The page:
Saturday, March 23, 2013
Review: Hank Greenberg: The Hero Who Didn't Want to Be One
Hank Greenberg: The Hero Who Didn't Want to Be One by Mark Kurlansky
My rating: 4 of 5 stars
A quick, but interesting biography of Hank Greenberg--the first major Jewish baseball star. The book focuses quite a bit on the contrast of Greenberg’s own secularism with his fame as Jewish athlete. Greenberg was a hero to Jews in America in the 30s and 40s (and beyond), not just for being a great baseball player but for sitting out a regular season game against the Yankees because it fell on Yom Kippur. This was not from a need for religious observance, but from a connection to his family and culture. For many, this is perplexing: if he wasn’t religious, why would he care about playing on Yom Kippur. A similar question arises a generation later when Sandy Koufax does the same thing. It points to the difficult and complex nature of what it means to be a Jew in America…far beyond this review and the book. Kurlansky is not out to try to solve that enigma.
Kurlansky tries to do justice the Greenberg “myth”: he is not out to debunk or discredit Greenberg, but he also wants to get the story correct. The game with the Yankees was not one that really mattered (it was a regular season game and the Tigers had all but wrapped up the pennant), and though hurt, Greenberg said he would have played on Yom Kippur the following year against the Cubs during the World Series. (One wonders what would have happened to the Greenberg narrative had he played.) Kurlansky’s point is that Greenberg was a complex guy who balanced his love of baseball and his desire to win with his commitments to his family/roots and his recognition of the role he played in the public eye as a famous Jew. It was a struggle that he dealt with his whole life, and only in his later years did he, by most accounts, become comfortable in his role as a Public Jew. Kurlansky quotes Greenberg’s unpublished autobiography: “I find myself wanting to be remembered not only as a great baseball player, but even more as a great Jewish ballplayer. I realize now, more than I used, to how important a part I played in the lives of a generation of Jewish kids…” (143).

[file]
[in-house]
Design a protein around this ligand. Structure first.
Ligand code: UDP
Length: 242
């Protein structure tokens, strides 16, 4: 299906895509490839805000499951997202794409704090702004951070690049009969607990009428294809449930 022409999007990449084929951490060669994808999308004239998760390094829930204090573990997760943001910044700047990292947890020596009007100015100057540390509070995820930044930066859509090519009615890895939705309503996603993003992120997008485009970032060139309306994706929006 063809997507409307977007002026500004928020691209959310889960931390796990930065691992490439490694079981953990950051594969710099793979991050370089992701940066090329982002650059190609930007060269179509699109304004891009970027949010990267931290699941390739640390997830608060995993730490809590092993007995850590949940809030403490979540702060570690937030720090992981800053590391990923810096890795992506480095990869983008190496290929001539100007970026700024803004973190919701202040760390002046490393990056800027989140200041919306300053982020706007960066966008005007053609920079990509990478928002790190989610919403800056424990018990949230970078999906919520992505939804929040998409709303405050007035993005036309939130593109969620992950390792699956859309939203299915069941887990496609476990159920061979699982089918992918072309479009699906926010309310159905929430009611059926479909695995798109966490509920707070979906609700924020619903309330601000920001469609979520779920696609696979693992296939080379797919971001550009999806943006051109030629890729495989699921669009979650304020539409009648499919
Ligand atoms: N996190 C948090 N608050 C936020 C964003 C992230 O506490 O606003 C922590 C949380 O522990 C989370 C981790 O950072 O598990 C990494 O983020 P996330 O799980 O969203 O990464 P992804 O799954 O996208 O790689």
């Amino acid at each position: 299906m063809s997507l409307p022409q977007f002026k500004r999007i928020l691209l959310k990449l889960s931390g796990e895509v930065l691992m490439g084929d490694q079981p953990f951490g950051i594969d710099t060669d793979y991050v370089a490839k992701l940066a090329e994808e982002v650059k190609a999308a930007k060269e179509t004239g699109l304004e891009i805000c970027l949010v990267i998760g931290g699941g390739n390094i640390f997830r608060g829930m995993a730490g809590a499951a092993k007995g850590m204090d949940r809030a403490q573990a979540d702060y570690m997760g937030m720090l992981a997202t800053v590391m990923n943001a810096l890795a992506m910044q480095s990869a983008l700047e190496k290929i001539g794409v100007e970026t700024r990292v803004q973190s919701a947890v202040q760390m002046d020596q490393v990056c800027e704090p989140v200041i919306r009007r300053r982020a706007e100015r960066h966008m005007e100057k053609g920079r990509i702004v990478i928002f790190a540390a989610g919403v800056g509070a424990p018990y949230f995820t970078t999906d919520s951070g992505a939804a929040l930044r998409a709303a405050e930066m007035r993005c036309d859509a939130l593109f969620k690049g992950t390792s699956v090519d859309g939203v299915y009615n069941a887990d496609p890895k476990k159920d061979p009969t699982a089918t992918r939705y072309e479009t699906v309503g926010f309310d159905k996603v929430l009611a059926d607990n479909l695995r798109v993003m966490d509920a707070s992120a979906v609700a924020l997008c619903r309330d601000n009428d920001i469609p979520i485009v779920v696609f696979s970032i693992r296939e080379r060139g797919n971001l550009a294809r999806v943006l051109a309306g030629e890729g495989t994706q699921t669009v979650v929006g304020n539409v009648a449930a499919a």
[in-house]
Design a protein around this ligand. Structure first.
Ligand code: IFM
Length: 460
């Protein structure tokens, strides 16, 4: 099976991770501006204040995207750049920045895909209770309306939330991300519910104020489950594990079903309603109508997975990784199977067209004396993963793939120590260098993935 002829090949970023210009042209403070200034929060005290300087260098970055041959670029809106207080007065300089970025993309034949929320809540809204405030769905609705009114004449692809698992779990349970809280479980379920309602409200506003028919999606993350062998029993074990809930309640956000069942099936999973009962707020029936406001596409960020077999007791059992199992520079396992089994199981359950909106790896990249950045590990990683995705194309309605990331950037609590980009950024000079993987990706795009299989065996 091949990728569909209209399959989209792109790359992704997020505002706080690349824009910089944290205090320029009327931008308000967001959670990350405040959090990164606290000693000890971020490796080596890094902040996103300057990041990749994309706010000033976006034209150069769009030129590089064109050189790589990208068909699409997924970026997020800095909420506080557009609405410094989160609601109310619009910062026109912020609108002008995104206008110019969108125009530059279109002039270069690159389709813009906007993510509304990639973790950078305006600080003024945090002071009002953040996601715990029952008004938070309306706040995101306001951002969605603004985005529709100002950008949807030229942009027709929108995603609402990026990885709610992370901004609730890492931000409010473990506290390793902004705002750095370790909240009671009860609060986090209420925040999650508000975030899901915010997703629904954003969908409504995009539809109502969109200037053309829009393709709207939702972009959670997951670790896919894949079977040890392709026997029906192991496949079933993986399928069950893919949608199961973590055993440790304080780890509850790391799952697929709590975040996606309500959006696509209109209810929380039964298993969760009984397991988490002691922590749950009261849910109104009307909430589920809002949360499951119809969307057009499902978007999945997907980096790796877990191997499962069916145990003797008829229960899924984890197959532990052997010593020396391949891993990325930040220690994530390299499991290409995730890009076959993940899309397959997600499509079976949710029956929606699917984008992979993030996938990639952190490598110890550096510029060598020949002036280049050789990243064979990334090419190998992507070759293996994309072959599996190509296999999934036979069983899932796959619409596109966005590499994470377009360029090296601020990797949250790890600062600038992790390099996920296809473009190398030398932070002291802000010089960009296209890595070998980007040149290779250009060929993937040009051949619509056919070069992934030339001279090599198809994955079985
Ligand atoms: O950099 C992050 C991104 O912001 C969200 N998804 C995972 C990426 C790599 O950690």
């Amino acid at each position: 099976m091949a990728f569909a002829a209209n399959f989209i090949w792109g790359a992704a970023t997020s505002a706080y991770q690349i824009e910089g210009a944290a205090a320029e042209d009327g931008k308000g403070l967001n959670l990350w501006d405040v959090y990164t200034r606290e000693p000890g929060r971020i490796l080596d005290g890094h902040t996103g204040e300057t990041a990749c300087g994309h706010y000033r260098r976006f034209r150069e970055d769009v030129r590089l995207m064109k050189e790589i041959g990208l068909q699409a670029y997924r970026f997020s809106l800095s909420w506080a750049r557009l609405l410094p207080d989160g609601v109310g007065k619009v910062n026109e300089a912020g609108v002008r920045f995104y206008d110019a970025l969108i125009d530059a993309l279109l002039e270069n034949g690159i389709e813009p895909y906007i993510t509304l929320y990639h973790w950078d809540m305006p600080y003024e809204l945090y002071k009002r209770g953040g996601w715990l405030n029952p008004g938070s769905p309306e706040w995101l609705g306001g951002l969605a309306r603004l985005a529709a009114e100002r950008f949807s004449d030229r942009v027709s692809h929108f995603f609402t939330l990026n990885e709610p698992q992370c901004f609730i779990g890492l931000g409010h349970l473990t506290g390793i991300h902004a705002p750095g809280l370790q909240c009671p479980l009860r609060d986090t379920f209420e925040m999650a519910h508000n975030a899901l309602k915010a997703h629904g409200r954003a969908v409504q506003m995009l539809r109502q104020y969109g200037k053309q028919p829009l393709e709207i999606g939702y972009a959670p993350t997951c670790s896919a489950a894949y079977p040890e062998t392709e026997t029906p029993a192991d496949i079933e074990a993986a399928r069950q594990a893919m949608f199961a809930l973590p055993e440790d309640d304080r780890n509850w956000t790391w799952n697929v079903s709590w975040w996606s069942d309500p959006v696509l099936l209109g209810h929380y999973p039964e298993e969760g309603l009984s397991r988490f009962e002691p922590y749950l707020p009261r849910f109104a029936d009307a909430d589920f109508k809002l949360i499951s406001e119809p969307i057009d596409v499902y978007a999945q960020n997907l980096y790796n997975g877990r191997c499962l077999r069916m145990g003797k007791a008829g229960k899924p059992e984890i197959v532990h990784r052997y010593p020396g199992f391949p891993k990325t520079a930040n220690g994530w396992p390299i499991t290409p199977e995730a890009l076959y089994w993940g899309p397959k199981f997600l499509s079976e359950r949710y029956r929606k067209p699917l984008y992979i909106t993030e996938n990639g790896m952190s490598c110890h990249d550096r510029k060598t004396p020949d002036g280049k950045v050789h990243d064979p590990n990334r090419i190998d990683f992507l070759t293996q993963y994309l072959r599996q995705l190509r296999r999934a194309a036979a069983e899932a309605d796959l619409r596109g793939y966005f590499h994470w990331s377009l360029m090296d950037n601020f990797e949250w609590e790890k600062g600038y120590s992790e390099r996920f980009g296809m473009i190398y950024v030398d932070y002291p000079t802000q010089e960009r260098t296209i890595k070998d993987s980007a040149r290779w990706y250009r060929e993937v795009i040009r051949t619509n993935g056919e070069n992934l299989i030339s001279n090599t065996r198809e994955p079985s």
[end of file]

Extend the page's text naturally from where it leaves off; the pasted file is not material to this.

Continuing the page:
After his playing days, Greenberg moved over to the management and ownership side of the game. He lived a full life beyond baseball. Kurlansky writes “baseball was not the goal of Greenberg’s life; it was just a tool for achieving his goal” (143).
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